Unlike most cops, Sgt. Michael Blair doesn’t have to put on pants when he heads to work each morning. He’s ready for action after he straps on a helmet and slips into a pair of bike shorts.
Blair oversees the Columbia Police Department’s year-old bike patrol – currently eight officers. Starting in about a month, more officers will be joining.
The target number is about 30 officers, Blair said. Police Chief Skip Holbrook said that expansion will happen over the next year and a half.
Blair said the patrol has proved to have several advantages.“We can get into the alleyways, the parks, places where patrol vehicles would not necessarily be able to get to,” he said. The patrol is concentrated on Columbia’s entertainment districts.
The officers aren’t full-time bicyclists – each cop has another job, and works bike duty whenever and wherever it’s assigned. David Travis Rodgers, for example, works gang investigations. He sees his bicycle as a tactical advantage.
“If we have a large event with multiple cars out in a parking lot, you can ease around where you’re not as visible and get out there and deter crime – auto break-ins, property crimes, stuff like that – kind of sneak up on them,” Rodgers said.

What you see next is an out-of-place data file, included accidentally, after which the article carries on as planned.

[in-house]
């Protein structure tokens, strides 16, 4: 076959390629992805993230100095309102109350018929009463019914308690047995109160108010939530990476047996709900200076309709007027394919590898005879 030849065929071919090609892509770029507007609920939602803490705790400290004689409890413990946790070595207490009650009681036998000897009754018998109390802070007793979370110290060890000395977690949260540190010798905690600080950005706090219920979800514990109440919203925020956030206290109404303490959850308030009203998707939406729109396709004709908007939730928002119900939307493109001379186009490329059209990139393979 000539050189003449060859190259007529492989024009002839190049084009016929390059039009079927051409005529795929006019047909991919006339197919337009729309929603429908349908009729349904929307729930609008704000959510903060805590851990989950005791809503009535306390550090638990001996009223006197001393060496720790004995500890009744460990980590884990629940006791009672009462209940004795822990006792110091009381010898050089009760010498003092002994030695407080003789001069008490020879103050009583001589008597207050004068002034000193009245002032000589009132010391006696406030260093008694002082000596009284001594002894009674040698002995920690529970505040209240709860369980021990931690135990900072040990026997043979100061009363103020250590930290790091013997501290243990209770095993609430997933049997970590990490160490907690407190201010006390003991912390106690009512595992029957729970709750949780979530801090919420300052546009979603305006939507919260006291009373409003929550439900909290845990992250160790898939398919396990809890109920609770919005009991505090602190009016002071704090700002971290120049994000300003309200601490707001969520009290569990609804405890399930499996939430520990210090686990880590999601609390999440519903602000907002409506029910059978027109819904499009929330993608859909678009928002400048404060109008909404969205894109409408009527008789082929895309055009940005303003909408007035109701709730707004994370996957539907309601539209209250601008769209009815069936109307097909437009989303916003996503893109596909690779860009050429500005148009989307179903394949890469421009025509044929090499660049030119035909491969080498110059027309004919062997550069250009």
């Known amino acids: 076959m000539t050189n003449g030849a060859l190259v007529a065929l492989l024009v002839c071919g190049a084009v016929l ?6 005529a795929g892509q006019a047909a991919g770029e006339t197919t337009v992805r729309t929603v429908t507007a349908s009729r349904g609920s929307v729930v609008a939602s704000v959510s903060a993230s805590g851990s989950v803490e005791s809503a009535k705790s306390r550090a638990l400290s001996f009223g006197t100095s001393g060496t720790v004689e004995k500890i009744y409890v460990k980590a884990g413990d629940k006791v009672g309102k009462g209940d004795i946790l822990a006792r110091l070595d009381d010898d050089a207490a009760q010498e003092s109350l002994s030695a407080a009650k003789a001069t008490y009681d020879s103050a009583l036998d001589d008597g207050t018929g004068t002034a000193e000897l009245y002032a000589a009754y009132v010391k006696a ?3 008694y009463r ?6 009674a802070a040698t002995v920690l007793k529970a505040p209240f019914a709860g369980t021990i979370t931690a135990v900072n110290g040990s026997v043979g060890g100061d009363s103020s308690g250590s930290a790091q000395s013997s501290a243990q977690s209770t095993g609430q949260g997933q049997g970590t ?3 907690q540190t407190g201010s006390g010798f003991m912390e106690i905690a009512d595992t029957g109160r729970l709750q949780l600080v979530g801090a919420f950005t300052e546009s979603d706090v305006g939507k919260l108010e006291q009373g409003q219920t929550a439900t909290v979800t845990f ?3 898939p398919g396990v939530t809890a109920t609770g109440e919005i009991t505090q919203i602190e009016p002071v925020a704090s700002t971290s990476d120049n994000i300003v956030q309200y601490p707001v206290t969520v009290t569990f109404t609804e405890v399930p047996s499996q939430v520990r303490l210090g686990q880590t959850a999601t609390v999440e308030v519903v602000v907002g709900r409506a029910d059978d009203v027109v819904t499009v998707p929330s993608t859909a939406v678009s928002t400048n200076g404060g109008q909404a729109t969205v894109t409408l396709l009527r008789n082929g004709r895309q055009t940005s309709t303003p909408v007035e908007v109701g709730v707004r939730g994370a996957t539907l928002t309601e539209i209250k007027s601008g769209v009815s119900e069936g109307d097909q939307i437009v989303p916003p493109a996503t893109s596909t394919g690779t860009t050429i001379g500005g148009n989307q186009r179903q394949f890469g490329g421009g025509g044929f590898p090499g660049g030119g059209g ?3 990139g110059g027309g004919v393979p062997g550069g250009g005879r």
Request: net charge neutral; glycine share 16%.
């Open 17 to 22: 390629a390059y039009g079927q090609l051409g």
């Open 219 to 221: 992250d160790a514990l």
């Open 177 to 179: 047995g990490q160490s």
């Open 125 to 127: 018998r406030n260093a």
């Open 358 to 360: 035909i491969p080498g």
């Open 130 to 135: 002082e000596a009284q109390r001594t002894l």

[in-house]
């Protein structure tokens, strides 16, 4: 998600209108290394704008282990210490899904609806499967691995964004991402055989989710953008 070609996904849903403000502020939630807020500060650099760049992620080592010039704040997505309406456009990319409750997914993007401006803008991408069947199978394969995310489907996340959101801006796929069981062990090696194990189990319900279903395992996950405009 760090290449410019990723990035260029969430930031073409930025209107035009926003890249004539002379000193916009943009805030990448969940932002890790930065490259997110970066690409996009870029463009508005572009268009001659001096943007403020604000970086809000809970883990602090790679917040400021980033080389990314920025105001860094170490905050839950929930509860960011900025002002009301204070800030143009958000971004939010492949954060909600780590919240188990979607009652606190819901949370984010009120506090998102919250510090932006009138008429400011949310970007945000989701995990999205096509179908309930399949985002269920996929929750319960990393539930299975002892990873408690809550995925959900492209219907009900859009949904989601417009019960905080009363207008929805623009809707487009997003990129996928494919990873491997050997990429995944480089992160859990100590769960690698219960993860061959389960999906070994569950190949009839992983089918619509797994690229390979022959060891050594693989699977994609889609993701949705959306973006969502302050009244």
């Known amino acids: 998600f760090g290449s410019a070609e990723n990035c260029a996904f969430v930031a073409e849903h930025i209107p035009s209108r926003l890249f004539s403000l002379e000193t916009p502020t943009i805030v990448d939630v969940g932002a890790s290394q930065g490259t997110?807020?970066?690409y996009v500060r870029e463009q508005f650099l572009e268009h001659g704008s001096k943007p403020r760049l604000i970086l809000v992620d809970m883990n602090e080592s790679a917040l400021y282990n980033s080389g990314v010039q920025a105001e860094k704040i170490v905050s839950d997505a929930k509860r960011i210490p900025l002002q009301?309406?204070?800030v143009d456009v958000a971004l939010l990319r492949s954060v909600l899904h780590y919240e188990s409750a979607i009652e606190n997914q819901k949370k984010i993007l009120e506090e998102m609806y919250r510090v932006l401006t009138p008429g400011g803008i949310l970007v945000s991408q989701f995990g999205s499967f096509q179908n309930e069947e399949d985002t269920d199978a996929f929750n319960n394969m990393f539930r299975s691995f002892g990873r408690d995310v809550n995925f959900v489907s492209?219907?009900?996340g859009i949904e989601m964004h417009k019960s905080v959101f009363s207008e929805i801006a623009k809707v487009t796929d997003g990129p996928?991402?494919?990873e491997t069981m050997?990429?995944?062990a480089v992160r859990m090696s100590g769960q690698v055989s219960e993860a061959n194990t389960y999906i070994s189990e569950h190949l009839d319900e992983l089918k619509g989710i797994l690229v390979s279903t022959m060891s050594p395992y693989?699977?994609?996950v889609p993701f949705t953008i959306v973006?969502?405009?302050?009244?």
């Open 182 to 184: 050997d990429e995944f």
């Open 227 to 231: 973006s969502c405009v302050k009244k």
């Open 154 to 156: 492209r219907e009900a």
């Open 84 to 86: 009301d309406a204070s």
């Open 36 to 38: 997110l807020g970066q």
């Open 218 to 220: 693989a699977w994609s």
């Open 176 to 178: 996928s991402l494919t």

Keith Williamson is on the Community Response Team in the department’s North Region. He hopes to see the bikes help build relationships with citizens. “It makes us more approachable,” Williamson said. “Whenever you’re traveling down the roadway or in an apartment complex, you can approach people on the porch – or they might come up to you, because there’s not a window or barrier between you and them.”
Rodgers and Williamson have been part of the bike patrol since it started. The department had previously tried to launch a unit a few years back, but it didn’t take off, Blair said.
Officers have to submit a letter of interest in order to be considered for the bike patrol, Blair said. They also have to be in top physical form – bike duty usually involves three to five hours of riding around areas such as Five Points during events with large gatherings.
A majority of officers on the patrol right now are assigned to North Region for their day-to-day duties. With the expansion, Blair said, the goal is to have officers on the patrol from each of the five police regions that make up the city.
As more officers go through the required 40 hours of training, Holbrook said, the department will purchase bikes and equipment to outfit them. Funding is not an impediment, he said, and money for additional gear will be factored in to the upcoming budget.
Each bike, built by Cannondale Bicycle Corp. on a mountain bike platform, costs about $2,100 when it’s outfitted for police, Blair said. They’re specifically tailored for law enforcement, designed to be lightweight and durable. “It can take the abuse if we’ve got to jump off and chase behind somebody,” Blair said.
Though the sergeant takes his job seriously, he also takes time to enjoy the small perks that come with it – such as getting to dress down from time to time. “I like it,” he said of the shorts they wear when weather permits. “It’s a lot more comfortable than the regular uniform.”